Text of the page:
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How to access identity info in API

I’m trying to follow OpenID Connect best practices. For the simple scenario of calling API from application the OpenID Connect suggest to pass the Access Token (which is not included user identity), and if the API in some points need the user identity it should call /userinfo endpoint of OpenID Connect provider.

So the question is: Is it the best way to get the user identity in API?

Assume I have an end point named CreateOrderForCurrentUser() so each time any user call this api I need to call the /userinfo endpoint, it seems too much cost for calling an api.

  1. Why I don’t pass the Identity token to the API?
  2. Or Why I don’t put some identity claims in Access token?
  3. Should I use HOK Token instead of Access token?

It seems here is kind of same as my question: community.auth0.com/t/clarification-on-token-usage/8447#post_2

Which as my understanding means: put some identity claims (custom claims) in Access token and rely on that in API.

But still it doesn’t make sense. The OIDC insist to not use Access token as a source of Identity and now we are going to add identity claims inside the Access Token. Could any one clarify that?

Hi Saeid,

Your question sounds very similar to mine Cannot see userinfo in Api endpoint although I don’t know what language you are using. I’m using .Net Code for the API and Angular for the SPA.

Anyway, as I understand it, it should be possibly with the help of Claims to get some form of user identity as I’m trying to do with the standard OIDC scopes.

I’ll let you know if I have any success with this but feel free to keep an eye on my topic :blush:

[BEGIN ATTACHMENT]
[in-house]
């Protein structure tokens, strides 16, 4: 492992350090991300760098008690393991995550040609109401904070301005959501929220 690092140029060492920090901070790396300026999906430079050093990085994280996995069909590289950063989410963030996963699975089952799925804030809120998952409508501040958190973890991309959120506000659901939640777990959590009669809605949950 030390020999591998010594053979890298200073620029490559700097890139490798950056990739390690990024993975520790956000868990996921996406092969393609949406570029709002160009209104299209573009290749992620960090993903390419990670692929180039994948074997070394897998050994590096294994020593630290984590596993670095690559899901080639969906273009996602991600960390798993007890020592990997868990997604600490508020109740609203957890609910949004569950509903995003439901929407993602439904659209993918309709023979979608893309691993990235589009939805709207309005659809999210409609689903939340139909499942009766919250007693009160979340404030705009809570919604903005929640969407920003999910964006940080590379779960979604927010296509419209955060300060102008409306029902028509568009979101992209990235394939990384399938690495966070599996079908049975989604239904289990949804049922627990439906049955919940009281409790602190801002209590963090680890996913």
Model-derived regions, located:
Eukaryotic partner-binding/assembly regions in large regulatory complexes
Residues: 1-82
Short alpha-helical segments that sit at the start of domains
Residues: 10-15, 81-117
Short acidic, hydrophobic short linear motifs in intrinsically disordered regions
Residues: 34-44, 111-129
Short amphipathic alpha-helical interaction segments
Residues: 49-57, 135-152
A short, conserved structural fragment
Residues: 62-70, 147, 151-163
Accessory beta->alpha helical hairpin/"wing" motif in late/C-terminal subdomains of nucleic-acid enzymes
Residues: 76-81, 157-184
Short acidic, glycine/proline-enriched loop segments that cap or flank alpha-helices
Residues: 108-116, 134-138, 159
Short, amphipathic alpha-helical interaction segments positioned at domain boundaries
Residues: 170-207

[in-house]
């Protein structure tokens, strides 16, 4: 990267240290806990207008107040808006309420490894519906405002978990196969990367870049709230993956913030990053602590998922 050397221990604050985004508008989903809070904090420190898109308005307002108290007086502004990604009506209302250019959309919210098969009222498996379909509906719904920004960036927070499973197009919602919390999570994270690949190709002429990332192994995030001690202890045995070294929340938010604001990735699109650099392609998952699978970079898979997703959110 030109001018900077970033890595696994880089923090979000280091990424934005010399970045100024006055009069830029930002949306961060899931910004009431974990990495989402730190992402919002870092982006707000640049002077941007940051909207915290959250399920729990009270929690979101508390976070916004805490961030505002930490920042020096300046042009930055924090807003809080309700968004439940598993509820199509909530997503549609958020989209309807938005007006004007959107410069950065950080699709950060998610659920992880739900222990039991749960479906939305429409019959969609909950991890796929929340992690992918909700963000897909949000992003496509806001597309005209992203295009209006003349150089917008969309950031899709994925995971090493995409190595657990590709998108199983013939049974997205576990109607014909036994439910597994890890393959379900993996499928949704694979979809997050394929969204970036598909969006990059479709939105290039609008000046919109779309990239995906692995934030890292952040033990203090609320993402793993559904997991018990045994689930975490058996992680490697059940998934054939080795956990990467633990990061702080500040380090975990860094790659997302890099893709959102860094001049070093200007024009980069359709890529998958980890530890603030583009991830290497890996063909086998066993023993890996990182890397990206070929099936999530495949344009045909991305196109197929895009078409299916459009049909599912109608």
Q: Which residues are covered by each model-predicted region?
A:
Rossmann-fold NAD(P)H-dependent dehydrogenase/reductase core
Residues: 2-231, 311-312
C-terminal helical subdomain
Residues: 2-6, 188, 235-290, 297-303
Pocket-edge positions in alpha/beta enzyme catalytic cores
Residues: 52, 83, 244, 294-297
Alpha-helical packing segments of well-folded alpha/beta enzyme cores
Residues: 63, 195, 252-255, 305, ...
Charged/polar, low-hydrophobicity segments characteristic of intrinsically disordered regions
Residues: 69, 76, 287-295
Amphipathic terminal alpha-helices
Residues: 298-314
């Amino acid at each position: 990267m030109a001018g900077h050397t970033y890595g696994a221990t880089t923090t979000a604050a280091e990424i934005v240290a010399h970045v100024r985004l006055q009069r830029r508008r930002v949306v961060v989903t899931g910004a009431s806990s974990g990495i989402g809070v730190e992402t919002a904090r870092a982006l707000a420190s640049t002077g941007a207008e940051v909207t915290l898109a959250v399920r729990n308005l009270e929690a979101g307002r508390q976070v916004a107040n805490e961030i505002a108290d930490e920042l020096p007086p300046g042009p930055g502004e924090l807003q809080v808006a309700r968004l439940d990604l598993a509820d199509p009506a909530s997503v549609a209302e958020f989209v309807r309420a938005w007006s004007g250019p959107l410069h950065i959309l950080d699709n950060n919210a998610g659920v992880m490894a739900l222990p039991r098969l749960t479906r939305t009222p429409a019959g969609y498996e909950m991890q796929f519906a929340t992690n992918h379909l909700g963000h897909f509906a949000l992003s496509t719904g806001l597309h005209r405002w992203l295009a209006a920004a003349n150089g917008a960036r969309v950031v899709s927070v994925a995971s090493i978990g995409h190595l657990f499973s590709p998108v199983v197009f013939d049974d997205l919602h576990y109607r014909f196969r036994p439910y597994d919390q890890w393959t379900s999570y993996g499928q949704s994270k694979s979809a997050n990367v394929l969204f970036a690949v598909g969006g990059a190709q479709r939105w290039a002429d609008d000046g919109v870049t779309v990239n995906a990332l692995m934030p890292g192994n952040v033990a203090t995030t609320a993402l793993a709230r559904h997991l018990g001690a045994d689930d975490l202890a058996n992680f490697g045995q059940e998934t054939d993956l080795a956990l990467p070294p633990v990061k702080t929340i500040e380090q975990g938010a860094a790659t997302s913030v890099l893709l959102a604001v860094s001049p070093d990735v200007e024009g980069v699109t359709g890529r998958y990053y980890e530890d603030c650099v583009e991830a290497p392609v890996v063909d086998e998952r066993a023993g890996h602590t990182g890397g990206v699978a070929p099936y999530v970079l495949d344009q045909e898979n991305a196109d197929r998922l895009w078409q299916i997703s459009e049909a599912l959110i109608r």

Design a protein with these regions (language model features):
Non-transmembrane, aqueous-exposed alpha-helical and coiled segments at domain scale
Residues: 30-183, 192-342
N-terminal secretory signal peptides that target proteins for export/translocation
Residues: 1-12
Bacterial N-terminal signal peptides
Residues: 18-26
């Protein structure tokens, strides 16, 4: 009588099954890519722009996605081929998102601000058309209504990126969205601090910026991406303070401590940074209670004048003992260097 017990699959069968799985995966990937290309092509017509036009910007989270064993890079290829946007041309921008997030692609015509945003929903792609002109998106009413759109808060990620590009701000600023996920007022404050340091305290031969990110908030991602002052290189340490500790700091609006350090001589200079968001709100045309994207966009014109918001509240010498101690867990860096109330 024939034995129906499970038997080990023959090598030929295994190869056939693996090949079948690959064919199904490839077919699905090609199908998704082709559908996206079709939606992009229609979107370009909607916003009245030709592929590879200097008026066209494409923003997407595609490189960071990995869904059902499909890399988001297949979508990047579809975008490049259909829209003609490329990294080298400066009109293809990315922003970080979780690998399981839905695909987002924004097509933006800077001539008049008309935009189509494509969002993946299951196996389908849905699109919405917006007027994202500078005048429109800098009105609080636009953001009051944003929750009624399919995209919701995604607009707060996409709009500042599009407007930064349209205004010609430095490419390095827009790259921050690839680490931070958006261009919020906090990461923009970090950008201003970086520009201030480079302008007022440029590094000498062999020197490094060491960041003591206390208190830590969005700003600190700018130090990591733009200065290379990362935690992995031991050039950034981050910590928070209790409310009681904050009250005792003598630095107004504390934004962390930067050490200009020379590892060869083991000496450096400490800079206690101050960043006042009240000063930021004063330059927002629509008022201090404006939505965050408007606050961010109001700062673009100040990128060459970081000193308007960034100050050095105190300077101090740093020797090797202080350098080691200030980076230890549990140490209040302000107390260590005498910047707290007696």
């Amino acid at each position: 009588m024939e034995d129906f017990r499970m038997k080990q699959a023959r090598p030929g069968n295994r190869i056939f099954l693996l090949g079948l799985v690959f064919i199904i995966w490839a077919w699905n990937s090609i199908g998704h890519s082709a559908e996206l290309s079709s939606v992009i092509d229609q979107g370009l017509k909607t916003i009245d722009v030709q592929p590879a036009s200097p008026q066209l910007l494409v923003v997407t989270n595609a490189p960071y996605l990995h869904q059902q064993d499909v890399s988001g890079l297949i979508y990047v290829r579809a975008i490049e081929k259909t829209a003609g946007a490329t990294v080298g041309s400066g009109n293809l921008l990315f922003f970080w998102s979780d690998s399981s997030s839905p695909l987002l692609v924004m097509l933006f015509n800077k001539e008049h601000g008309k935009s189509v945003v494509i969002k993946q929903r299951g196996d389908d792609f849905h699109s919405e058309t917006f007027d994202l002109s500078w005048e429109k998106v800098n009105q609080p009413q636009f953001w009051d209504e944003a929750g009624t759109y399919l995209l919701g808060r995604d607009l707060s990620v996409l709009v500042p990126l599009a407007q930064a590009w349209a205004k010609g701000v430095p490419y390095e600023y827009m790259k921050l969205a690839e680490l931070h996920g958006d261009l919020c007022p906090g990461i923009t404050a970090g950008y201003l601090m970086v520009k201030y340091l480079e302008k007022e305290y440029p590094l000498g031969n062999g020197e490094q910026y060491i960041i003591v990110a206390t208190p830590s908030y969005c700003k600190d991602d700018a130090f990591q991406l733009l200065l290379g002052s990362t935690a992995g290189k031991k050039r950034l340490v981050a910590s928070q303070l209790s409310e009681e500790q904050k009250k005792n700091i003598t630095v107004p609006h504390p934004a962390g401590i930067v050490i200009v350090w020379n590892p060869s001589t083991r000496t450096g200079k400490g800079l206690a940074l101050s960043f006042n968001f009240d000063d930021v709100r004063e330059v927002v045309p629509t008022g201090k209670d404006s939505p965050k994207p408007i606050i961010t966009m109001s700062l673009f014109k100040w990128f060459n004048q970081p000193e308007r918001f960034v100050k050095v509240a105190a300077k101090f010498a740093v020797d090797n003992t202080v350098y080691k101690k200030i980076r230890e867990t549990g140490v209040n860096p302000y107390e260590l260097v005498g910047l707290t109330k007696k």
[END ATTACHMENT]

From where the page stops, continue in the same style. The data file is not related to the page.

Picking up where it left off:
You are correct that you should not use an access token as proof of identity, but before you get to your API you should have already authenticated the user and received an id_token for them. If you have already authenticated the user via OIDC, as far as I know there’s nothing wrong with adding custom claims to the access token to pass data to your API. Your API could also use the client credentials grant type to pull data from Auth0.

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Thanks markd for your response, your statement is If we already authenticated by OIDC we could add identity claims in access token and pass it to the API. which is the exact things I’m looking for and is very helpful if you can provide a reference for that. I can’t find any things about that in documentations.

Hi @saeid,

Are you looking for documentation on how to do this?

General information on custom claims can be found here:

It is also worth browsing the sample rules that Auth0 provides, some of which are related to customer claims:

@markd, Not actually, I know how to add claims, I’m looking for the best practices. I want to be sure adding identity claims to the access token and rely on that in API does not broke any thing and is based on best practices or maybe the best practice is always call the /userinfo endpoint in API and don’t rely on Access token identity claims.

The API doesn’t know about the authentication process and don’t care about that. Any one any how pass the signed Access token to the API, it would be accepted. Now in API point of view is that proper way to rely on identity claims in Access Token? I have doubts. But I would be happy if we could ignore calling the /userinfo end point each time.